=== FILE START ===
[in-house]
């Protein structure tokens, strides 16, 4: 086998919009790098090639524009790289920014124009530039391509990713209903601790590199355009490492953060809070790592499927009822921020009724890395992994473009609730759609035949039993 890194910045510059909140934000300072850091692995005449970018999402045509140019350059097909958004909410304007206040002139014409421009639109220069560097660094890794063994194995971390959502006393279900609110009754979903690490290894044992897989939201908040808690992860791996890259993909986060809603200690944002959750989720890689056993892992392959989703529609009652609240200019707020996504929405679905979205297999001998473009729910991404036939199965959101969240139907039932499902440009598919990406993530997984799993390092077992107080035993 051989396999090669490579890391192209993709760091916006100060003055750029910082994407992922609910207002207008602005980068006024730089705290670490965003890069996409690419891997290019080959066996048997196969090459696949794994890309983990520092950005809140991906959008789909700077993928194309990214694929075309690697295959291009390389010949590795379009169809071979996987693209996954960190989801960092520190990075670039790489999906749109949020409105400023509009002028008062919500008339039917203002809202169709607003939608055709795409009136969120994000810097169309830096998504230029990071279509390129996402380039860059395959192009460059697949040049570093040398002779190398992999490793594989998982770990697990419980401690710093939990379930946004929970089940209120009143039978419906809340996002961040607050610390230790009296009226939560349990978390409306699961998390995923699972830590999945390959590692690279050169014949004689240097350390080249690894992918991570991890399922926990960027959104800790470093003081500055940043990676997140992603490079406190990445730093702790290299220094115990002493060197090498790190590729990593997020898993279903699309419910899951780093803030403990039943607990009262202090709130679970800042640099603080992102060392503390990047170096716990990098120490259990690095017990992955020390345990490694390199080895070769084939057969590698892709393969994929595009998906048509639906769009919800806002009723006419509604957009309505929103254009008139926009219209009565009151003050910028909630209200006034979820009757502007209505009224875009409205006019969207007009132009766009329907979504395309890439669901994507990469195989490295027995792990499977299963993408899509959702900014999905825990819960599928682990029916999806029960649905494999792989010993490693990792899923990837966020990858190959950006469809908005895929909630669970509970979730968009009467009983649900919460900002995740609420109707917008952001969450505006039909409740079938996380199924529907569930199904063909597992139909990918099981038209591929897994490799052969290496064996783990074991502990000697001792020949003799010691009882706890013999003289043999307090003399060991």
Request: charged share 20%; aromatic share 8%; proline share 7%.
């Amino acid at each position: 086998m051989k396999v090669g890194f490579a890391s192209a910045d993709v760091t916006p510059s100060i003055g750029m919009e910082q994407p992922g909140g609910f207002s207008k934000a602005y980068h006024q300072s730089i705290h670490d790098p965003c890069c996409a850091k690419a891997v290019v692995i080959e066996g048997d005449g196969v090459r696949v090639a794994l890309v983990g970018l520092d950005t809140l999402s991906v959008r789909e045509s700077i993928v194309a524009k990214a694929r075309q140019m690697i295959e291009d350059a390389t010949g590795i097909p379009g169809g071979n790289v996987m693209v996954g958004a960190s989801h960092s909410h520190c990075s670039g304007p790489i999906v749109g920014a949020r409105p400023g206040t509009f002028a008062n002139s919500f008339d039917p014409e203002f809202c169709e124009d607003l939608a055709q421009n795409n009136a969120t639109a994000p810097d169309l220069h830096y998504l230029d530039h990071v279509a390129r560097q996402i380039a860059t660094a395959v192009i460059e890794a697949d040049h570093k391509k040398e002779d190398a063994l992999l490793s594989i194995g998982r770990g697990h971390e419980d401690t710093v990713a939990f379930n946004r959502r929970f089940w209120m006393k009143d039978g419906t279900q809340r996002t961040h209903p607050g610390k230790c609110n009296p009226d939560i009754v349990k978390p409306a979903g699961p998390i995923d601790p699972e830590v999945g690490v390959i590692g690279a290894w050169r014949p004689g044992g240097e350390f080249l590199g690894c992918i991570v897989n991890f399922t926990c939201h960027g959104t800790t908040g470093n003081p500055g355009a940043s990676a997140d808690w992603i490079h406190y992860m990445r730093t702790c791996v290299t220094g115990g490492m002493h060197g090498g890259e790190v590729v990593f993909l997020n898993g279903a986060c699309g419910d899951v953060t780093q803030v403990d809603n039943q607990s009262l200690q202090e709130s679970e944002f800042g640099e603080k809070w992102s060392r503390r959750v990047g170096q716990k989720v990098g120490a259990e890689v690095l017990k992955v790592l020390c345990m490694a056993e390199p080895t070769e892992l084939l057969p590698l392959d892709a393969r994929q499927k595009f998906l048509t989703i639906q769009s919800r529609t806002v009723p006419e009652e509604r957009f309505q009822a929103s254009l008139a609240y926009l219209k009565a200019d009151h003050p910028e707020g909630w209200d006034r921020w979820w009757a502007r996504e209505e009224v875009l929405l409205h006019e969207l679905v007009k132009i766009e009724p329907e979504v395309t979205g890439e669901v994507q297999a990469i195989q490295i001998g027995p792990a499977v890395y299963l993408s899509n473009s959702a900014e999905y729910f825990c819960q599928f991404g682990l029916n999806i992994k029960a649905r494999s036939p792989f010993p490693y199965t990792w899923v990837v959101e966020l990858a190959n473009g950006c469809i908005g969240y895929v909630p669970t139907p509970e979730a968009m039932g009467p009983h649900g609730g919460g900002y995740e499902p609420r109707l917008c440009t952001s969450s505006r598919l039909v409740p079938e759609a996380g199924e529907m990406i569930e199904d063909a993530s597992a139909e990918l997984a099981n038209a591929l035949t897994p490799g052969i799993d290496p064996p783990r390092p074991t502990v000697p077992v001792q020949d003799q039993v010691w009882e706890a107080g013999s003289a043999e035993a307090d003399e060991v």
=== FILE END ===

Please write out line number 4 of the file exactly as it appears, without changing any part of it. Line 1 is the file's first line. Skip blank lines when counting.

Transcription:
């Amino acid at each position: 086998m051989k396999v090669g890194f490579a890391s192209a910045d993709v760091t916006p510059s100060i003055g750029m919009e910082q994407p992922g909140g609910f207002s207008k934000a602005y980068h006024q300072s730089i705290h670490d790098p965003c890069c996409a850091k690419a891997v290019v692995i080959e066996g048997d005449g196969v090459r696949v090639a794994l890309v983990g970018l520092d950005t809140l999402s991906v959008r789909e045509s700077i993928v194309a524009k990214a694929r075309q140019m690697i295959e291009d350059a390389t010949g590795i097909p379009g169809g071979n790289v996987m693209v996954g958004a960190s989801h960092s909410h520190c990075s670039g304007p790489i999906v749109g920014a949020r409105p400023g206040t509009f002028a008062n002139s919500f008339d039917p014409e203002f809202c169709e124009d607003l939608a055709q421009n795409n009136a969120t639109a994000p810097d169309l220069h830096y998504l230029d530039h990071v279509a390129r560097q996402i380039a860059t660094a395959v192009i460059e890794a697949d040049h570093k391509k040398e002779d190398a063994l992999l490793s594989i194995g998982r770990g697990h971390e419980d401690t710093v990713a939990f379930n946004r959502r929970f089940w209120m006393k009143d039978g419906t279900q809340r996002t961040h209903p607050g610390k230790c609110n009296p009226d939560i009754v349990k978390p409306a979903g699961p998390i995923d601790p699972e830590v999945g690490v390959i590692g690279a290894w050169r014949p004689g044992g240097e350390f080249l590199g690894c992918i991570v897989n991890f399922t926990c939201h960027g959104t800790t908040g470093n003081p500055g355009a940043s990676a997140d808690w992603i490079h406190y992860m990445r730093t702790c791996v290299t220094g115990g490492m002493h060197g090498g890259e790190v590729v990593f993909l997020n898993g279903a986060c699309g419910d899951v953060t780093q803030v403990d809603n039943q607990s009262l200690q202090e709130s679970e944002f800042g640099e603080k809070w992102s060392r503390r959750v990047g170096q716990k989720v990098g120490a259990e890689v690095l017990k992955v790592l020390c345990m490694a056993e390199p080895t070769e892992l084939l057969p590698l392959d892709a393969r994929q499927k595009f998906l048509t989703i639906q769009s919800r529609t806002v009723p006419e009652e509604r957009f309505q009822a929103s254009l008139a609240y926009l219209k009565a200019d009151h003050p910028e707020g909630w209200d006034r921020w979820w009757a502007r996504e209505e009224v875009l929405l409205h006019e969207l679905v007009k132009i766009e009724p329907e979504v395309t979205g890439e669901v994507q297999a990469i195989q490295i001998g027995p792990a499977v890395y299963l993408s899509n473009s959702a900014e999905y729910f825990c819960q599928f991404g682990l029916n999806i992994k029960a649905r494999s036939p792989f010993p490693y199965t990792w899923v990837v959101e966020l990858a190959n473009g950006c469809i908005g969240y895929v909630p669970t139907p509970e979730a968009m039932g009467p009983h649900g609730g919460g900002y995740e499902p609420r109707l917008c440009t952001s969450s505006r598919l039909v409740p079938e759609a996380g199924e529907m990406i569930e199904d063909a993530s597992a139909e990918l997984a099981n038209a591929l035949t897994p490799g052969i799993d290496p064996p783990r390092p074991t502990v000697p077992v001792q020949d003799q039993v010691w009882e706890a107080g013999s003289a043999e035993a307090d003399e060991v």